Campaign Speech: Money and Politics 1990
The following speech was delivered at various points in Paul Wellstone's upset victory over incumbent Rudy Boschwitz in 1990. It is taken from Wellstone's handwritten files and notes from the 1990 campaign.
I'm proud to be a politician because I believe strongly in democracy. My father, a Jewish immigrant from Russia whose family had to move from town to town, because of czarist persecution, taught me to cherish free elections and the idea of "government of, by and for the people."
But I am not proud of the current state of campaigns and politics in our country and I am determined to take my case to the people of Minnesota in my Senate campaign.
The ethical issue of our time is that money has come to dominate politics and the democracy my father so deeply believed in is severely compromised. Campaigns match image-makers against image-makers, pollsters against pollsters and millions of dollars against millions of dollars. It is a superficial, trivialized politics of attack ads, manipulated advertising, and nine-second sound bites. It is a politics that treats people as if they are political nerds who know or care nothing about the issues of our time.
And most importantly, money corrupts the process. This is a much more serious corruption than the wrong doing of a single individual. This is the kind of corruption which results in too few people having too much wealth, power and say and too many people being denied a voice. It is a politics of democracy for the few, not democracy for the many.
Money, all too often, determines who runs for office. Should a person have to be a millionaire to run for the U.S. Senate? Money, all too often, determines what both Democrats and Republicans have to say on the issues for fear of offending big contributors. Should a candidate mortgage his or her vision to the wealthy and powerful and privileged? Money, all too often, determines how our elected officials spend their time in Washington.
Politics becomes about amassing huge amounts of money. Issues and accountability do count when it comes to the cozy relationship between a Senator or Representative and the political action committees who contribute the big bucks. They give the money to influence legislation and expect results. But during campaigns and elections most of what the people get is images. Not issues, not accountability. As a result people view politics as phony, irrelevant to their lives, and a game where the rules are rigged for the well healed and powerful interest, not ordinary citizens.
That barely half the people voted in our last Presidential election is a real indictment of "the way we do politics" today. I will conduct my campaign differently. No PAC money from outside Minnesota. I will be accountable to the people, not the oil companies and other giant corporations from outside Minnesota.
I will not be a made-up media myth, conceived by clever ad men.
I will not be bought by big money special interests and their political action committees because I need their money to purchase television advertising time.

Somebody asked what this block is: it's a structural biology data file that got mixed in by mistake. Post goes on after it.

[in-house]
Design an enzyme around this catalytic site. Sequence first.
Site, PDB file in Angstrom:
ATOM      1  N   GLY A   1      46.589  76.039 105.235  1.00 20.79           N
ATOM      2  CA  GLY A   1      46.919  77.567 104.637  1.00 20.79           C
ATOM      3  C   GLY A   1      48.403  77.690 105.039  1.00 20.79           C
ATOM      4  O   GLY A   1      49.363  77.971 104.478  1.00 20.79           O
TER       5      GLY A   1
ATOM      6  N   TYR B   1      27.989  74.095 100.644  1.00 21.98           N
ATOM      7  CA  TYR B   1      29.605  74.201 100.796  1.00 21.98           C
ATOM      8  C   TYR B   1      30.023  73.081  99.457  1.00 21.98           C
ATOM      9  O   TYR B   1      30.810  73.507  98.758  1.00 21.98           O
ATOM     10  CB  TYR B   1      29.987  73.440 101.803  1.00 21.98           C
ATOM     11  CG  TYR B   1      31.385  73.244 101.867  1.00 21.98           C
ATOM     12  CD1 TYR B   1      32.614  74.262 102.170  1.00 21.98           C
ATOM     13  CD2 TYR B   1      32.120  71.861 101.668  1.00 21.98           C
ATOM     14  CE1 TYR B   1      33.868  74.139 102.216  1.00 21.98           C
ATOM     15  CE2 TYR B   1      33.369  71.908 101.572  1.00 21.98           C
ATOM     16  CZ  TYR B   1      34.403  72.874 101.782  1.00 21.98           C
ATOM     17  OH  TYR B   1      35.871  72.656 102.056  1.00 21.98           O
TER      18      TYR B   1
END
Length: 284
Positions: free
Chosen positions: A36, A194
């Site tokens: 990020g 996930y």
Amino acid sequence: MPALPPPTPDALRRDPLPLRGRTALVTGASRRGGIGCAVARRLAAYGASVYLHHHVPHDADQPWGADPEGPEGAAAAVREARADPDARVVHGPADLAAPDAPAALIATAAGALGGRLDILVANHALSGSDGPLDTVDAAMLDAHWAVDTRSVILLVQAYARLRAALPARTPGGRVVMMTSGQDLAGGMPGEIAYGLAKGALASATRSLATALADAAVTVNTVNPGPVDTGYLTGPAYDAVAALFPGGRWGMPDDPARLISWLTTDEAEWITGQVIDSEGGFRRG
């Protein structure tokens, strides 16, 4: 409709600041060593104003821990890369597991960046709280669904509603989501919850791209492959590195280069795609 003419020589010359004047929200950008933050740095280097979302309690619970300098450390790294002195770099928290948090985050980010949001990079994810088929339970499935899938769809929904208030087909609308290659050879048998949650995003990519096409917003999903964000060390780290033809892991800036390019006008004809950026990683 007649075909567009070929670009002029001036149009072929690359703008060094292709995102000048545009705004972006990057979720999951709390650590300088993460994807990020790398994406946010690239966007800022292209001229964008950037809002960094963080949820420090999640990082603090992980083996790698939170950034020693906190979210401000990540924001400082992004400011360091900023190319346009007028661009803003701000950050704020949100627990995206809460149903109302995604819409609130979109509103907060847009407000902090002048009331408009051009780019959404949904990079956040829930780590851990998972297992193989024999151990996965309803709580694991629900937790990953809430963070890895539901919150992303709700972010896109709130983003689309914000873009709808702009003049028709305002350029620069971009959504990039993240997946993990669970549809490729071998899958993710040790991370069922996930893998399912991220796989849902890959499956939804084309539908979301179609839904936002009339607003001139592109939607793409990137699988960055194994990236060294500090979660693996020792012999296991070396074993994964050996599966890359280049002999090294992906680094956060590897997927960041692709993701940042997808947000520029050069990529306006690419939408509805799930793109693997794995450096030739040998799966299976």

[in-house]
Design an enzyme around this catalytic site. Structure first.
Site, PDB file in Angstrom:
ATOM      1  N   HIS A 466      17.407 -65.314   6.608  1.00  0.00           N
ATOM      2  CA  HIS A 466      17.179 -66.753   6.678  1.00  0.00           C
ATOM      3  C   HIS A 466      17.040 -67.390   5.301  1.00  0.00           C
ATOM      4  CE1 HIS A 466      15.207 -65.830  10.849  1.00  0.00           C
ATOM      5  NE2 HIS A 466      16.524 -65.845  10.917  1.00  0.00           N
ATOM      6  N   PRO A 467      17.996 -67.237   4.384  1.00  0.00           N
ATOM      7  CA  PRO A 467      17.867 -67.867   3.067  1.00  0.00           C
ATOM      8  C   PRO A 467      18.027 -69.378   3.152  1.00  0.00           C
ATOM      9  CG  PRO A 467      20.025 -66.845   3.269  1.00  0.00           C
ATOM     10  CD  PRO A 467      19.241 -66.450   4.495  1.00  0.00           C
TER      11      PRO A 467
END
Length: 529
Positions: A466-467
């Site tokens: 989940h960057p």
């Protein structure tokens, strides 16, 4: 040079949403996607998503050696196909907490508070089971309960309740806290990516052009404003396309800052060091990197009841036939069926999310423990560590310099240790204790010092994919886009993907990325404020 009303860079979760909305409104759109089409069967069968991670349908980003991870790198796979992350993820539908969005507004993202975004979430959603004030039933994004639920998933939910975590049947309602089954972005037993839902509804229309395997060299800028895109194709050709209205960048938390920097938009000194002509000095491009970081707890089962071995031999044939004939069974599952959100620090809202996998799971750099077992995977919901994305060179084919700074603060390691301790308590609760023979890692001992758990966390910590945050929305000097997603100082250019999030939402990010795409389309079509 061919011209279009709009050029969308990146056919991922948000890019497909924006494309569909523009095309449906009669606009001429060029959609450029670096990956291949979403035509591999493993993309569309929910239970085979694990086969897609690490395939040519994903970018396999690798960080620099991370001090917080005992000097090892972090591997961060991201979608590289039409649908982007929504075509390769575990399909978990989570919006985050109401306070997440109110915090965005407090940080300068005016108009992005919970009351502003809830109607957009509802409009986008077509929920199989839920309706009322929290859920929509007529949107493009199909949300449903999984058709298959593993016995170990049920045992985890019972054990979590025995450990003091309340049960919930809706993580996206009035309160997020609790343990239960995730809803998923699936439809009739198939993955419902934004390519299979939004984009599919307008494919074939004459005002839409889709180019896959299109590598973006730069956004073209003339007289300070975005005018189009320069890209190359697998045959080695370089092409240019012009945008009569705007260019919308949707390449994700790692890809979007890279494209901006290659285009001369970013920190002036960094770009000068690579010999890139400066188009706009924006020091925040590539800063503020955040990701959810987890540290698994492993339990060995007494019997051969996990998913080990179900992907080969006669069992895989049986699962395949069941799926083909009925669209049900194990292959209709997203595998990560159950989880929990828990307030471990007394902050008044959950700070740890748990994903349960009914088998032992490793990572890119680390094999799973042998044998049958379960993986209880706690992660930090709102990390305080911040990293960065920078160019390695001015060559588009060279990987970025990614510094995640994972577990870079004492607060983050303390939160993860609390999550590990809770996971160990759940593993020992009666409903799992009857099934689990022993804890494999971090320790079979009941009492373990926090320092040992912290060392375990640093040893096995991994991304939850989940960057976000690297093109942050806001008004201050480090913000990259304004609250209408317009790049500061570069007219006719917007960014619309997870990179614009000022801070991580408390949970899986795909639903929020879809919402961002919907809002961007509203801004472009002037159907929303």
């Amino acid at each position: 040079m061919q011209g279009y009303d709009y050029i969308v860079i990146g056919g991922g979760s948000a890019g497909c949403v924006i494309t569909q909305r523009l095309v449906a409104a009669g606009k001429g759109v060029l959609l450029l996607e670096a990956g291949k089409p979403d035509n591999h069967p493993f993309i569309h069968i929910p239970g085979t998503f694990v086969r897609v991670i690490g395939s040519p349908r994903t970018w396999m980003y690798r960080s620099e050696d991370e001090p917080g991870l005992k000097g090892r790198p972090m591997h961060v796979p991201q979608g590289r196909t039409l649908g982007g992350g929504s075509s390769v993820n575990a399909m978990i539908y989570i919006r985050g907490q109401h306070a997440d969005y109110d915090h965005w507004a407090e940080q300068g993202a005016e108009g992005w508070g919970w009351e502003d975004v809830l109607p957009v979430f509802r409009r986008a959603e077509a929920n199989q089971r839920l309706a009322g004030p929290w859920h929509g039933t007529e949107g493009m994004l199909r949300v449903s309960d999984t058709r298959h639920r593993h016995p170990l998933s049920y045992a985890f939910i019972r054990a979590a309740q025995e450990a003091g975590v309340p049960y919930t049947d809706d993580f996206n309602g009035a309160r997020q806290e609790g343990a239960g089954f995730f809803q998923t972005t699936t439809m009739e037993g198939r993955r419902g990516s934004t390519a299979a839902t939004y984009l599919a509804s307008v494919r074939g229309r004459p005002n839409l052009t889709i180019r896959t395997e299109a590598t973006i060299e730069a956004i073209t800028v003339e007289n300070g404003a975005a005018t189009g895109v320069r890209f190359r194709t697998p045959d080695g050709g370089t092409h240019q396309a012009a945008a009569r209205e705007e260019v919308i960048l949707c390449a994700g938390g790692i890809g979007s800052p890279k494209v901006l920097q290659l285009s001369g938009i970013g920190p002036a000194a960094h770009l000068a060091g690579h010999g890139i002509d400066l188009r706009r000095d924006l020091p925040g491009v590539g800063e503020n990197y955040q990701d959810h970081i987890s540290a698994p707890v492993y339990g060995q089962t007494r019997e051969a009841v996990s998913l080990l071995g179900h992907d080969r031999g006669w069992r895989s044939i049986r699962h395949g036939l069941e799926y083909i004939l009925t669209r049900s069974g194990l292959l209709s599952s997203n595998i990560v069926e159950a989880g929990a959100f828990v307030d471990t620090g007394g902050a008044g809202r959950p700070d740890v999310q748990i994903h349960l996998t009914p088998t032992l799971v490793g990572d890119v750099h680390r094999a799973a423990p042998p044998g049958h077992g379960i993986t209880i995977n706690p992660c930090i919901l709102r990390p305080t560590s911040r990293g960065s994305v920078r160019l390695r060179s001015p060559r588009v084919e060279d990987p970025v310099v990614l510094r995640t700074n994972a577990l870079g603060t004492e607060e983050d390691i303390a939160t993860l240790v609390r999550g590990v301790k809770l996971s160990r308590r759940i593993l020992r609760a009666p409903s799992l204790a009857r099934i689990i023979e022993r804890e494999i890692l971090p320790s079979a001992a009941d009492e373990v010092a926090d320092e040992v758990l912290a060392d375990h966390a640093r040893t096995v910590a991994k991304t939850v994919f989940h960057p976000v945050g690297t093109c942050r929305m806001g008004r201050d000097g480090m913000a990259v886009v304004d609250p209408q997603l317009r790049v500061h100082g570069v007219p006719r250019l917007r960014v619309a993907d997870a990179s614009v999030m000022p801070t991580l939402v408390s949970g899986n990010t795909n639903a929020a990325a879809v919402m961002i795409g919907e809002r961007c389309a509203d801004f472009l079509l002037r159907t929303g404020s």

I will take this Senate race to the people of Minnesota with a grassroots campaign - that reaches to the cafes, schools, small businesses, union halls, farms, neighborhoods and main streets all across Minnesota.
This campaign will be rooted in the people of Minnesota. It will be a colorful, exciting, progressive, and populist campaign. The focus will be on where and how Rudy Boschwitz and Paul Wellstone raise money and the way sources of funding affect our positions on the issues.
The focus will be on Rudy Boschwitz's voting record on the issues (not just electioneering votes before election time) that crucially affect the quality of Minnesotans lives and the focus will be on what kind of Senator and leader Paul Wellstone would be, my position on the issues, my vision for the future.
Let the people decide - that is true democracy. But let’s make sure there is a true choice and that people have a clear understanding of where the candidates stand. Money need not dominate politics in Minnesota. And I aim to prove my point in November, 1990. Minnesotans are ready for an issue-oriented campaign.
Minnesotans are also ready for issue-oriented media. If politicians stage visual events and refuse to answer questions then we should not get away with it and there is no story. If TV ads are so central to campaigns and the visuals are not truthful - no relationship to voting record - then the media has a responsibility to report this to Minnesotans.
Most important, the Minnesota media can and should insist that candidates for the U.S. Senate debate the issues in a media sponsored give and take debate format. The First Amendment to our constitution guarantees freedom of speech and freedom of press, not freedom of press for attack ads and simple jingo slogans but freedom of the press to assume a well-informed citizenry essential to a real democracy.
July 31, 1989, the headline in the Star Tribune read, "It's Boschwitz's Millions, Wellstone's Thousands," and there was no subtitle but the article clearly suggested that millions of dollars would determine the outcome. I cannot blame a talented journalist for reporting on the conventional wisdom about politics in these times. But in November 1990, the blazing headline in the Star Tribune will read: "Wellstone Wins the U.S. Senate race: Money Didn't Vote, People Did."